Workplace discrimination is common, but few people make a federal case out of it. Most would rather ignore it or find another job than sue, especially without a lawyer. Yet discrimination is a serious matter deserving of the attention of a legal process. So, if you’re the victim of workplace discrimination and feel your state courts won’t do your claim justice, take it to federal court yourself.
Though there are many hurdles involved in taking on a workplace discrimination action, you can be heard as a pro se litigant. Understanding the basics is the first step in handling your case effectively.
What Constitutes Workplace Discrimination?
According to the Equal Employment Opportunity Commission (EEOC), workplace discrimination occurs when a person is treated differently from others on the basis of race or ethnicity, color, religion, gender, sexual orientation, gender identity, pregnancy status, place of national origin, disabilities, genetic information, and age discrimination against people 40 years or older.
Forms of discrimination include harassment by people in your workplace, lack of access to medical or genetic information, retaliation for complaints of job discrimination, and denial of reasonable accommodations for disabilities.
Scenarios of Workplace Discrimination
Scenario 1: Awarding of Promotions
Jean is highly qualified for a more responsible position in her company than she currently has. She’s been with the company for seven years. She applies for a new position with more responsibility and better pay while she is six months pregnant. However, she is passed over in favor of a male candidate without the same level of experience. When she asks why she was denied the promotion, Jean’s boss tells her she does not have the proper level of commitment to her job.
Scenario 2: Less Pay for the Same Work
Kendra has worked at her company for 11 years. She was promoted to middle manager and became part of a 6-person management team in her 7th year. One day at a company seminar, she overhears Mike encourage one of his subordinates to apply for an open middle management position. Mike, who was promoted to middle manager a year after Kendra, told the employee his monthly salary. To Kendra’s dismay, the amount was $625 more than she made.
Scenario 3: Use of Prejorative Terms
Because his colleagues perceive Jason as homosexual, they use slurs and pejorative terms to refer to him and make jokes they believe are funny. Sometimes they direct these remarks at him in conversation, creating a hostile workplace for Jason. His actual sexual orientation does not matter in this case. Jason is being discriminated against and treated unfairly because of his perceived sexual orientation.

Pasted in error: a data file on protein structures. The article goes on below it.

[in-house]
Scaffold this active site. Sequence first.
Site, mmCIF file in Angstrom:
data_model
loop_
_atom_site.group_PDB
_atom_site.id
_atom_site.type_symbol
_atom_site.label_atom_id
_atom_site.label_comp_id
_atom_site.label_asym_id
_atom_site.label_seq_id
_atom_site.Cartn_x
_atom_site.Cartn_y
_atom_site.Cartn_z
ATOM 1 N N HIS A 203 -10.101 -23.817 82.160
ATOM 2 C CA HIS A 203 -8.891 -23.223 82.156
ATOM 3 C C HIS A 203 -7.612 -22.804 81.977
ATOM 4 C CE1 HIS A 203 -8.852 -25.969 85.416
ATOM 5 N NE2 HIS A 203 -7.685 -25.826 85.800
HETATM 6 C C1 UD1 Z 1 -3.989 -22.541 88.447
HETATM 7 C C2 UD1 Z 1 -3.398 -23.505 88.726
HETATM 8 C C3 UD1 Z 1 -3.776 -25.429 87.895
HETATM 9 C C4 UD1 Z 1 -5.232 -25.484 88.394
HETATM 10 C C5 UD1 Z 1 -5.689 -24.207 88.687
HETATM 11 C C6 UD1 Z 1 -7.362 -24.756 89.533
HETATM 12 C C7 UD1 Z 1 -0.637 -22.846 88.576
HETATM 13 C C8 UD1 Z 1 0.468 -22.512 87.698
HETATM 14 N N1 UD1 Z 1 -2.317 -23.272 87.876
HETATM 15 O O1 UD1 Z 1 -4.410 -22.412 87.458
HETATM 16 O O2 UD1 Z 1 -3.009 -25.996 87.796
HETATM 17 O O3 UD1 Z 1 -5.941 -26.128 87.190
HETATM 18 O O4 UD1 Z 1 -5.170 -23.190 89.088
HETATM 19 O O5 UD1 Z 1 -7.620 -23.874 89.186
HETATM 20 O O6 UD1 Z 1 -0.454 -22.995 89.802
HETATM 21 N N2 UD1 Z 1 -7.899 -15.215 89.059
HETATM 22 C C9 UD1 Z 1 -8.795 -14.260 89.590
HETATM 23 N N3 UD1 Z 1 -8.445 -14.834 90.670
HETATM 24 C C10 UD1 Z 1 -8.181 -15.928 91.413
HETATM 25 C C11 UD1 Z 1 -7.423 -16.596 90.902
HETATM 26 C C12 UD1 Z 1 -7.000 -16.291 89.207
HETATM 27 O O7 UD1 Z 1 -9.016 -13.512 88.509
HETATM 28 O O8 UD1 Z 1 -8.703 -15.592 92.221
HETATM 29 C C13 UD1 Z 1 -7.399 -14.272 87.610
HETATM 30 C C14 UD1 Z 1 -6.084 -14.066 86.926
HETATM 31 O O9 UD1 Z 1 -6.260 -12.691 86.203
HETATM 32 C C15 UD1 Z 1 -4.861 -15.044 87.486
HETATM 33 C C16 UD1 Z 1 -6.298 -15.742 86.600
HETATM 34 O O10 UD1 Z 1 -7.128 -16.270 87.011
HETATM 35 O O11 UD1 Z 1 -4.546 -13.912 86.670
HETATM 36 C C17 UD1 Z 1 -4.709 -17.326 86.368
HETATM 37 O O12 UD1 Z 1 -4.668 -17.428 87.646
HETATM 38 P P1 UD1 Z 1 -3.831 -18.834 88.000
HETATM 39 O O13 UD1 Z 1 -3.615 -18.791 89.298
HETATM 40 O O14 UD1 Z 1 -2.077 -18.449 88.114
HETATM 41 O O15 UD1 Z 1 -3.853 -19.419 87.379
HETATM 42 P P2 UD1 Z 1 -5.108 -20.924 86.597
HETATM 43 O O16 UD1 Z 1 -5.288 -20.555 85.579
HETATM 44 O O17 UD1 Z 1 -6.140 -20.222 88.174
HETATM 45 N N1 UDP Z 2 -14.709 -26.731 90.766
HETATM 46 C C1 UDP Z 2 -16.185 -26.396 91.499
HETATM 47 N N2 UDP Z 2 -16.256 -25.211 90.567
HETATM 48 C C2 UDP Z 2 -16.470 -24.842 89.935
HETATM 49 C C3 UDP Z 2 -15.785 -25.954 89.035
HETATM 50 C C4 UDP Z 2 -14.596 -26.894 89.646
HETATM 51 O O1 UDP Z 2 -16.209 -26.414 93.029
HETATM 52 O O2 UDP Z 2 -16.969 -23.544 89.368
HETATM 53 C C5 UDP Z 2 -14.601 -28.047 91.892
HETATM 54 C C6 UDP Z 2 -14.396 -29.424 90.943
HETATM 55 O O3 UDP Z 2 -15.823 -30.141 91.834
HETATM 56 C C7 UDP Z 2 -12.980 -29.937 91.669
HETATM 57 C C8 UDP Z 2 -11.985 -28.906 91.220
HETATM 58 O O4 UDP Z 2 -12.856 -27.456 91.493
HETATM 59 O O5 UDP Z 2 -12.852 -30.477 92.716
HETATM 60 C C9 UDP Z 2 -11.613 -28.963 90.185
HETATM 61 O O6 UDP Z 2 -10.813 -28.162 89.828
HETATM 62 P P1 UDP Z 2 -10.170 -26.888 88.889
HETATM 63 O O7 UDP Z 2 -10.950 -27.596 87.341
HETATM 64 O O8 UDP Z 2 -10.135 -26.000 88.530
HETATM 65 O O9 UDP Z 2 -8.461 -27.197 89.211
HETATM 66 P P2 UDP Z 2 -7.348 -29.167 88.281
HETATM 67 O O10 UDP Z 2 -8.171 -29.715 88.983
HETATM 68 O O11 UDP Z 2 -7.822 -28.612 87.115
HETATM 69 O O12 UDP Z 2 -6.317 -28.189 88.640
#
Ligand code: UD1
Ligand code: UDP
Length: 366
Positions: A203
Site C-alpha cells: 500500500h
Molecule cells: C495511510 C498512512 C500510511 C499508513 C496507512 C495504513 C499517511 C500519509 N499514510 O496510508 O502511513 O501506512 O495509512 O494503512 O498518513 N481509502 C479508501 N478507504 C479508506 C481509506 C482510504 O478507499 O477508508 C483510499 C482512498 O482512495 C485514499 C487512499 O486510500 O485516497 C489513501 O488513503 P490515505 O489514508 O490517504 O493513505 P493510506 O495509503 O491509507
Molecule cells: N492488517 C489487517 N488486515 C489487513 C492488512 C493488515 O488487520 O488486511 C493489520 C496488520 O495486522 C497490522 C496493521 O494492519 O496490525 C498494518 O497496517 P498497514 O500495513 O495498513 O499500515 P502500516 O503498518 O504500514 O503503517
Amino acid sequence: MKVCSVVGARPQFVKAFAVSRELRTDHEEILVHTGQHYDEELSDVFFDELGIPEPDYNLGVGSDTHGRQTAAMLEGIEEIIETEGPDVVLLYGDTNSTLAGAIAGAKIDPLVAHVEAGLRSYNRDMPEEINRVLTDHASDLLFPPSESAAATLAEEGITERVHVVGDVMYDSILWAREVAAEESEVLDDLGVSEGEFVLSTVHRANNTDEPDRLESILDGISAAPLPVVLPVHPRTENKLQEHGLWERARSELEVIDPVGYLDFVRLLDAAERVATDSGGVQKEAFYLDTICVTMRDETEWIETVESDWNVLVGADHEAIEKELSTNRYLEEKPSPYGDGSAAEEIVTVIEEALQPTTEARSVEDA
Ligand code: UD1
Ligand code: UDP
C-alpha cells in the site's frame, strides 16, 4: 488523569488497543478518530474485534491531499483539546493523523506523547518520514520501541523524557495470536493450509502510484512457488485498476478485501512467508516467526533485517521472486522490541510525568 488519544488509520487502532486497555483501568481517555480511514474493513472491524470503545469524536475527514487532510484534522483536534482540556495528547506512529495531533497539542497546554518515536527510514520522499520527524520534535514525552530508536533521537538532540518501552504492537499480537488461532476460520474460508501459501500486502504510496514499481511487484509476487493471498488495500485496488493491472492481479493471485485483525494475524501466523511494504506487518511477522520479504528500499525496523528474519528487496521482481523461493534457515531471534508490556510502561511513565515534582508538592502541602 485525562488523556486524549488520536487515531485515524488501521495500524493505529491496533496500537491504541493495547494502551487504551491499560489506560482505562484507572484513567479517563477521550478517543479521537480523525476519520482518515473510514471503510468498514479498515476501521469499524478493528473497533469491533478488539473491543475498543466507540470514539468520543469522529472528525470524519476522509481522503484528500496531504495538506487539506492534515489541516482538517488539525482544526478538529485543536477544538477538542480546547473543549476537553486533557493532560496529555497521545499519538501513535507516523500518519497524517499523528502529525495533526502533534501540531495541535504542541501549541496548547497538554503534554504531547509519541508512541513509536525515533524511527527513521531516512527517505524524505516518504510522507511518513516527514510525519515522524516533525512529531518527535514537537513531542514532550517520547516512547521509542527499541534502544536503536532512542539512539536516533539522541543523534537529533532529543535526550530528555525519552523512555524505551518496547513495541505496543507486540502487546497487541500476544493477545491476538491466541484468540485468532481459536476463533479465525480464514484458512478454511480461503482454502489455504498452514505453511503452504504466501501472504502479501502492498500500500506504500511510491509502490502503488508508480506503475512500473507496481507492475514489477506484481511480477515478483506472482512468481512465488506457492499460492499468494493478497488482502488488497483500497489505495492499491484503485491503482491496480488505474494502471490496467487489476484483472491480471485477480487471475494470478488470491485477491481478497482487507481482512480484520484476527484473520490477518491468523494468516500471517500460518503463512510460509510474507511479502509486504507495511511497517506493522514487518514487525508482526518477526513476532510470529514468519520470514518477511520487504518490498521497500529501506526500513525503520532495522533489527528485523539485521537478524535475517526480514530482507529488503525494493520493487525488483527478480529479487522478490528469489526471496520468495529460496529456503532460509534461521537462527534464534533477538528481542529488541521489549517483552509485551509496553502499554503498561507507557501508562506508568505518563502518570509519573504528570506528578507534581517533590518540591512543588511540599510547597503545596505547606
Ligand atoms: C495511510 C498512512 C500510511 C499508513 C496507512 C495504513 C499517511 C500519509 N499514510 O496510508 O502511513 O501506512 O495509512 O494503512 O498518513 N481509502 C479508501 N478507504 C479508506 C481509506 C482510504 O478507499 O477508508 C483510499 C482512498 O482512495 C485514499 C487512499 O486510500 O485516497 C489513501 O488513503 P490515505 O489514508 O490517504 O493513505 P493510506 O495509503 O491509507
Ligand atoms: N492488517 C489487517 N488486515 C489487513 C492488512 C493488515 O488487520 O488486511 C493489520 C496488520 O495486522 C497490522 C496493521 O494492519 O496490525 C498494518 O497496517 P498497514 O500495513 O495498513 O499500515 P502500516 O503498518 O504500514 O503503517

The Process of Filing a Lawsuit for Employment Discrimination
Filing With the EEOC
Before you can file a lawsuit against the employer, you must first file a charge with the EEOC to allow this federal agency to investigate the alleged discrimination. The investigation may take 10 months or more. When the EEOC has decided that your charges are substantiated, the agency will provide you with a Notice of Right to Sue. You have 90 days from the date you receive this notice to file your lawsuit with the courts. For equal pay or age discrimination lawsuits, however, a Notice of Right to Sue from the EEOC is not required.
Steps to Take After the Notice of Right to Sue
- Determine the appropriate federal court or venue for your action.
- Review the statutes governing your claim as well as complaints similar to the one you want to file to understand the requirements and structure.
- Use a case database such as Google Scholar case law to find cases similar to yours and determine what you need to prove.
- Collect evidence to support your claims. You can use the findings of the EEOC investigation as evidence but find more.
- Include in your complaint the name and address of the company you’re suing and any individuals named as respondents.
- Include your name and contact information along with your allegations.
- Pay a filing fee that may amount to several hundred dollars. File the fee and the complaint with the clerk of the appropriate court.
- Have the complaint and summons served on the appropriate parties.
Responses to the Complaint
- After receiving the complaint, the employer will have the opportunity to respond to the charges in writing. In some cases, the company may file a motion to dismiss, which will require your attendance at a hearing.
- When the case gets to the discovery stage, both parties will exchange information, documentation, and evidence.
- The defendant company may also make an offer to settle the case for a financial sum, which you can accept, negotiate, or reject.
Filing a lawsuit against an offending employer is one of the best and most practical ways to hold a company accountable for discriminatory actions and practices. If you prevail, the lawsuit could end in compensation for you, steep EEOC fines, and curtailing of such discriminatory practices in the future.
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